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Latin American business leaders optimistic about post-pandemic economy

By
Jack Kelly, Medill News Service
People line up to enter the municipal market of Santa Tecla, El Salvador, on April 14, 2020. Due to the pandemic, the World Bank is projecting gross domestic product in Latin America will shrink 4.6 percent this year. Photo by Rodrigo Sura/EPA-EFE
People line up to enter the municipal market of Santa Tecla, El Salvador, on April 14, 2020. Due to the pandemic, the World Bank is projecting gross domestic product in Latin America will shrink 4.6 percent this year. Photo by Rodrigo Sura/EPA-EFE

The head of the World Economic Forum's Latin America team warned Wednesday that the COVID-19 pandemic could devastate the region's economy if governments fail to act, but leaders from key industries are envisioning strong post-pandemic recoveries.

Marisol Argueta de Barillas, who leads the WEF's Latin America team and previously served as El Salvador's foreign minister, said the pandemic could have unprecedented effects on "unemployment, social conditions and poverty" in the region.

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"Policies to protect household incomes and aggregate demand are essential," Argueta de Barillas said at an event hosted by the Woodrow Wilson International Center for Scholars. She added that these protections are especially pertinent considering "the high level of independent and informal workers in Latin America."

Due to the pandemic, the World Bank is projecting gross domestic product in Latin America will shrink 4.6 percent this year, ending several years of slow growth and exacerbating already-occurring economic crises in certain parts of the region.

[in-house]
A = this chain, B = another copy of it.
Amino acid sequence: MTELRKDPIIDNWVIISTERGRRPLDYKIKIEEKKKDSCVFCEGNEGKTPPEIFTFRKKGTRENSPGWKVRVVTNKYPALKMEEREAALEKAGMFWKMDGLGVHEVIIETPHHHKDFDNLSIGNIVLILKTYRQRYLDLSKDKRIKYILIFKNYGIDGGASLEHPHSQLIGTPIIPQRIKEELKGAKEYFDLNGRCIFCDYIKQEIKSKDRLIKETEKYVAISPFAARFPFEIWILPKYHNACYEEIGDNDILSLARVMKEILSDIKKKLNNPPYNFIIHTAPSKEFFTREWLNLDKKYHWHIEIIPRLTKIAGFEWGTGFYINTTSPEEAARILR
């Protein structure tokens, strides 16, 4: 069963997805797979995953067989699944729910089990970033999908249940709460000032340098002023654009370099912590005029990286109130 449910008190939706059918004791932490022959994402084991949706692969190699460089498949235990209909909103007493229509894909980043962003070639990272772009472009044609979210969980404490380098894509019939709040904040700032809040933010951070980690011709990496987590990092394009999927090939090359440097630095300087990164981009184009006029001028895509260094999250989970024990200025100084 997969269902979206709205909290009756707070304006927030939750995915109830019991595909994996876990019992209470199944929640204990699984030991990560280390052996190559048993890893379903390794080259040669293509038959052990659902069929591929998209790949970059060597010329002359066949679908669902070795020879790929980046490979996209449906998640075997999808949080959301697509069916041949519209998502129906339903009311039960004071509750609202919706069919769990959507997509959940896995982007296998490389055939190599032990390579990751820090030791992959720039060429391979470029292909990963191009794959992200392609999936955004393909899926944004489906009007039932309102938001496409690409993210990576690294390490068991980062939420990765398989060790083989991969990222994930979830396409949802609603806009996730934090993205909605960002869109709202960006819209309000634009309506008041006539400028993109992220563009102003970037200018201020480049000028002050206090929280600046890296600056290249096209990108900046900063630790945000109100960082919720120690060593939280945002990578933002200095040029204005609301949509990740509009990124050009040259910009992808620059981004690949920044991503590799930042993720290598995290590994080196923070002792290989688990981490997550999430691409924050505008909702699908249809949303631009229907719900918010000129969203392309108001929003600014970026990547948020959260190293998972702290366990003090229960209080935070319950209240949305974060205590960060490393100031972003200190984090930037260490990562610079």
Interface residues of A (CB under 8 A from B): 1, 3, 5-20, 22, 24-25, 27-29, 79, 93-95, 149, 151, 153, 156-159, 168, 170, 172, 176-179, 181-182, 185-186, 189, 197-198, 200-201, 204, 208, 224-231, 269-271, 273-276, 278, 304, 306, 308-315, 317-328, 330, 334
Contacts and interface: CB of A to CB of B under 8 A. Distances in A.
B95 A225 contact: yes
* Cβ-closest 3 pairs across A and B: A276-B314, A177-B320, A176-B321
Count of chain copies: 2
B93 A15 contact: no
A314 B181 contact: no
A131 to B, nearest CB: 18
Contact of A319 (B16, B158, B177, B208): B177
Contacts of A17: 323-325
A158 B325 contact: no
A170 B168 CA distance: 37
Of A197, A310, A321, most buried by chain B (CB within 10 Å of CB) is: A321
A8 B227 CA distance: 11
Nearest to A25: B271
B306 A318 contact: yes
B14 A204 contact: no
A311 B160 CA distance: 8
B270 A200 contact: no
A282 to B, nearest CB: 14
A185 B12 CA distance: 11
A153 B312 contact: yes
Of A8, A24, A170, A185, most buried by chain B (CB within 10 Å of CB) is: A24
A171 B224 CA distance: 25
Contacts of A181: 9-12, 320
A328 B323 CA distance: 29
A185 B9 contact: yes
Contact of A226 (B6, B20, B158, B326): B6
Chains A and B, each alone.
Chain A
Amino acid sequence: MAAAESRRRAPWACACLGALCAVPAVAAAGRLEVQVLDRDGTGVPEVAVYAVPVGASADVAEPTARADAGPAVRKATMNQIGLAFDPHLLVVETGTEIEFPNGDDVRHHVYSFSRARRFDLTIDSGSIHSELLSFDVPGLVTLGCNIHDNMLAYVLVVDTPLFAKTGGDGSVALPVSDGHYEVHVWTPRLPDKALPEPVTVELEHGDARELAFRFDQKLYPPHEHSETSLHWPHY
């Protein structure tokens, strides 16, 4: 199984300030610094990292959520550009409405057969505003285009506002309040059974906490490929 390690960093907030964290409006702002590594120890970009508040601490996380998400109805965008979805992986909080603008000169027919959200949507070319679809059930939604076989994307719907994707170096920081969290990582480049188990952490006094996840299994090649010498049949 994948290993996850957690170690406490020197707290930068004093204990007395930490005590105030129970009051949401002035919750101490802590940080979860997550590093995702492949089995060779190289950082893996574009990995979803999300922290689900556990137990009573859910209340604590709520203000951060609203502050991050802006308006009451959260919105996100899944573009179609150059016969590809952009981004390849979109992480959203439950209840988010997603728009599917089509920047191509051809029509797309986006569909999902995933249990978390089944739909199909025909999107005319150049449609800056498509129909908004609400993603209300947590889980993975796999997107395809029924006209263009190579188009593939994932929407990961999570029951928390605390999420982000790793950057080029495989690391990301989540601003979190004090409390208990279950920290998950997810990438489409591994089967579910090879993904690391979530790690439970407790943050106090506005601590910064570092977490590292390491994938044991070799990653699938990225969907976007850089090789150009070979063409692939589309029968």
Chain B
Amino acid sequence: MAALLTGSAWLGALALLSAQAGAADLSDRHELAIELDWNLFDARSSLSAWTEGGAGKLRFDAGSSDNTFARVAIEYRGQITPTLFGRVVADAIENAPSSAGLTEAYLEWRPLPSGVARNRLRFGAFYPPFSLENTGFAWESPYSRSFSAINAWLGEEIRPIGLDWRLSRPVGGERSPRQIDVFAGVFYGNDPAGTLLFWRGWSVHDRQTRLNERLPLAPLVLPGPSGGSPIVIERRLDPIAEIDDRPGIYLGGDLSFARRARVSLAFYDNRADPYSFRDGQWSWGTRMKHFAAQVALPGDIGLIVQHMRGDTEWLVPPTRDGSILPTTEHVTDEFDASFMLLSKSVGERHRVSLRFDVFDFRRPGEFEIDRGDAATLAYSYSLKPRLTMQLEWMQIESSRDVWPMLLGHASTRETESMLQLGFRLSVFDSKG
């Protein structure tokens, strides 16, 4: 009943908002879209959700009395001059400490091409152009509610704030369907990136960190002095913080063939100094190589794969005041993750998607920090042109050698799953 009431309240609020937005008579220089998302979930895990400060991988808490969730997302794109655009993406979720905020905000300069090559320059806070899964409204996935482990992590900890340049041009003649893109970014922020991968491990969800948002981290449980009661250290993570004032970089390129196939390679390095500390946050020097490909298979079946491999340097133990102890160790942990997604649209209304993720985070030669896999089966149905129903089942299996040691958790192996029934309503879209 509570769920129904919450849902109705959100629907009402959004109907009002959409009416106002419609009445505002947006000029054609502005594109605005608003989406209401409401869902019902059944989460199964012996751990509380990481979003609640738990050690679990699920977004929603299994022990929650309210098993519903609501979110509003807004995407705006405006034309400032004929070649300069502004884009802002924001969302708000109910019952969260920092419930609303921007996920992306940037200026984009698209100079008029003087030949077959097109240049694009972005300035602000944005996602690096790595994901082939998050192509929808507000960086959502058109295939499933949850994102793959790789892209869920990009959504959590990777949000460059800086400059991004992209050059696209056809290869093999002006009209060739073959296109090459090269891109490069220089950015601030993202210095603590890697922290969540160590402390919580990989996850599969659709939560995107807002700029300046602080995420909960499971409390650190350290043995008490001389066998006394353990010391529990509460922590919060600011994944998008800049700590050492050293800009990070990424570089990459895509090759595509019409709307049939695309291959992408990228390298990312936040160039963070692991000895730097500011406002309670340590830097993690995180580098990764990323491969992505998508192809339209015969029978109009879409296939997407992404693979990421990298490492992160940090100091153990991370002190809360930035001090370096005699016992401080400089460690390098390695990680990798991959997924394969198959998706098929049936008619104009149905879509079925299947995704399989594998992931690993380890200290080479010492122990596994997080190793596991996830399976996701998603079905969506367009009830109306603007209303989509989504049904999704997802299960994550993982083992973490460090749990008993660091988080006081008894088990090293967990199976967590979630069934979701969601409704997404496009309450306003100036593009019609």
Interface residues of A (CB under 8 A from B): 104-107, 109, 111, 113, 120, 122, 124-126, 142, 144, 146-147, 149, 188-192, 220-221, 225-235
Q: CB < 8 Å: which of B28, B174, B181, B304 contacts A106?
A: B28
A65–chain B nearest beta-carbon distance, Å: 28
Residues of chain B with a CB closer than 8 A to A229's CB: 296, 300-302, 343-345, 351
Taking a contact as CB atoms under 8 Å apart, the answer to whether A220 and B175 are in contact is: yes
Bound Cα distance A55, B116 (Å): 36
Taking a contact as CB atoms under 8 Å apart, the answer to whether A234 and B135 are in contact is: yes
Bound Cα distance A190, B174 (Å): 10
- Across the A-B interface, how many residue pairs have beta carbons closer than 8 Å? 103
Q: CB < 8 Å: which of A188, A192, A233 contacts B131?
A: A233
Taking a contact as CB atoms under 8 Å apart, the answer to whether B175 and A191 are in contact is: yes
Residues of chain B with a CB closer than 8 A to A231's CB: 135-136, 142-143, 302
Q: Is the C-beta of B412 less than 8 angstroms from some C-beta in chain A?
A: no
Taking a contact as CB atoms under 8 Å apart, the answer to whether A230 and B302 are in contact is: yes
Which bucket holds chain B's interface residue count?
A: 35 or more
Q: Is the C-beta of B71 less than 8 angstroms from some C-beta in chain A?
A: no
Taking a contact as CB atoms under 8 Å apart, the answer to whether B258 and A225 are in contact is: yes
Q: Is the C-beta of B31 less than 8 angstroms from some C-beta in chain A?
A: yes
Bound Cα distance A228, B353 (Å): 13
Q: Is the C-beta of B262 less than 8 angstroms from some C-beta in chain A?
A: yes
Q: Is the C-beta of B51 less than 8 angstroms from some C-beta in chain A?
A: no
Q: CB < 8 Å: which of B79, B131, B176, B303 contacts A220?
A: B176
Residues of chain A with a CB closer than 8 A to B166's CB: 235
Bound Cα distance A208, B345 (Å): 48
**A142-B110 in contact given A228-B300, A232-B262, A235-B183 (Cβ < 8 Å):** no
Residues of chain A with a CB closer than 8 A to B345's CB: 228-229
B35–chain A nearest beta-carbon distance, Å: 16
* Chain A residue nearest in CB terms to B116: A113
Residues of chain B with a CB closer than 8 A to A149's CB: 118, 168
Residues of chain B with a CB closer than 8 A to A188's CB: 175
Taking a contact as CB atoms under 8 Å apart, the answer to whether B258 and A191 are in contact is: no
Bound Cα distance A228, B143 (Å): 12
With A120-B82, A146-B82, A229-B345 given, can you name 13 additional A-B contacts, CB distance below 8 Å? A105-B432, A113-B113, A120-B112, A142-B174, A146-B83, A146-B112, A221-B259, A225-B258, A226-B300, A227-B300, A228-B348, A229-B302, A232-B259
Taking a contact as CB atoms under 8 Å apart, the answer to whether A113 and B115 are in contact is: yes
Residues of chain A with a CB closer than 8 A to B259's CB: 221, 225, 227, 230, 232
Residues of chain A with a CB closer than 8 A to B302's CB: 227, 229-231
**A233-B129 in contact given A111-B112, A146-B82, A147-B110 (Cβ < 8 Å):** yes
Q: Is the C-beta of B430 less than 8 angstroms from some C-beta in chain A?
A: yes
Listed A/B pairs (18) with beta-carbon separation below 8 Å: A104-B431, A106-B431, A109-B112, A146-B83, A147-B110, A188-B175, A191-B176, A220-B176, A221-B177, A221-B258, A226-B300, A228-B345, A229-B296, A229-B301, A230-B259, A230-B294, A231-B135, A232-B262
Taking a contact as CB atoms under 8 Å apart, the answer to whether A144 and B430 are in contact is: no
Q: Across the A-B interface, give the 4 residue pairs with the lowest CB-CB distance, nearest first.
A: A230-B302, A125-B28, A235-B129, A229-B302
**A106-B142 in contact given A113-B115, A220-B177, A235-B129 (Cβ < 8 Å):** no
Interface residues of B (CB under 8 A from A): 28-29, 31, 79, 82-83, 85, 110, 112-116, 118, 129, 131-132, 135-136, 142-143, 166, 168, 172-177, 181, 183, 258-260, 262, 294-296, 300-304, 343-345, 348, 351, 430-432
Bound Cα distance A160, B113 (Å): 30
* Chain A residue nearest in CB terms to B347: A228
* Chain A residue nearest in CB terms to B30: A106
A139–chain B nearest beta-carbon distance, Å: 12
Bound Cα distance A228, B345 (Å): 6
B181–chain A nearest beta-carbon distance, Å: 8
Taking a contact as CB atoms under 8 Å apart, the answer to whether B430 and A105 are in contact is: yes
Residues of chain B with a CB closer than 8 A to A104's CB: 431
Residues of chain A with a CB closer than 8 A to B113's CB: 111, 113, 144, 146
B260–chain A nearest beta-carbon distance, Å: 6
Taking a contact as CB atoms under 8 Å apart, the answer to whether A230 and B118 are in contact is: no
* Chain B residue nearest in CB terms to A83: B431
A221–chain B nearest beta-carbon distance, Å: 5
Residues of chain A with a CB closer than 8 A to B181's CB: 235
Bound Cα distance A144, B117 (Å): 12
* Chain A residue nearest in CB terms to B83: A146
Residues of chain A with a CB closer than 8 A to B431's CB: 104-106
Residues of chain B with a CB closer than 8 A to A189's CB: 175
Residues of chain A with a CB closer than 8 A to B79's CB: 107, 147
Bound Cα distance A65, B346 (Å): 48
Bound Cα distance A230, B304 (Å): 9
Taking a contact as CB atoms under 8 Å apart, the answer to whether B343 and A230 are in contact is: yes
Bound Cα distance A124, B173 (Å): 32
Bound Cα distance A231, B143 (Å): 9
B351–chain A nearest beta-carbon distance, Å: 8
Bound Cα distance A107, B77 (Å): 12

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Despite these negative economic projections, business leaders from major industries across the region, including food service, hospitality and travel, remain optimistic.

Woods Staton, executive chairman of Arcos Dorados, the master franchisee for McDonald's restaurants in Latin America, said 70 percent of the company's units are "functioning in one way or the other" during the pandemic. So far, Staton said, Arcos Dorados has not laid off any of its approximately 90,000 employees and pay cuts outside of the company's senior leadership have been minimal.

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Staton said Arcos Dorados has not received any financial assistance from governments beyond tax deferrals, but noted the deferrals have been a "huge help."

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He also said the company is well-positioned to bounce back after the pandemic because many consumers will prefer Acros Dorados' restaurants to smaller businesses that may lack the necessary "sanitary practices and hygienic practices."

Although the Latin American hospitality industry is among those hit hardest by the pandemic as most travelers are staying home, Iván Chávez, executive vice president of Mexican resort conglomerate Grupo Vidanta, echoed Staton's optimism about the post-pandemic world.

Chávez said the company's guests are "ready to come back" and are signaling they will take vacations as soon as they are able to.

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"Going forward, we just have to adjust," he said. "We see ... reality is this new world. We're not fighting it. We're juggling those chainsaws and focusing on what we can do better."

Chávez said Grupo Vidanta has kept all of its full-time employees on its payroll and has been supporting its part-time staff as much as possible, including by providing meals for part-time employees and their families.

In Argentina, budget airline Flybondi has also avoided employee layoffs, according to COO Eduardo Gaspari.

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"We need all of [our employees] for the time we restart the operation," Gaspari said, and Flybondi is not considering layoffs in the coming months.

He added that his outlook for the company remains "very positive" because the low-cost carrier runs efficiently and is a popular choice among travelers on the routes it services.

Argueta said the business leaders' positive forecasts were encouraging because major industries and large companies can help provide economic and social stability in otherwise struggling countries.

"We don't know what the new normal looks like," Argueta said. "But we do have an opportunity to shape that new normal [in Latin America].

World moves to reopen amid COVID-19 pandemic

Visitors wear face masks as they tour the Whitney Museum of American Art as it reopens on September 3. Photo by John Angelillo/UPI | License Photo

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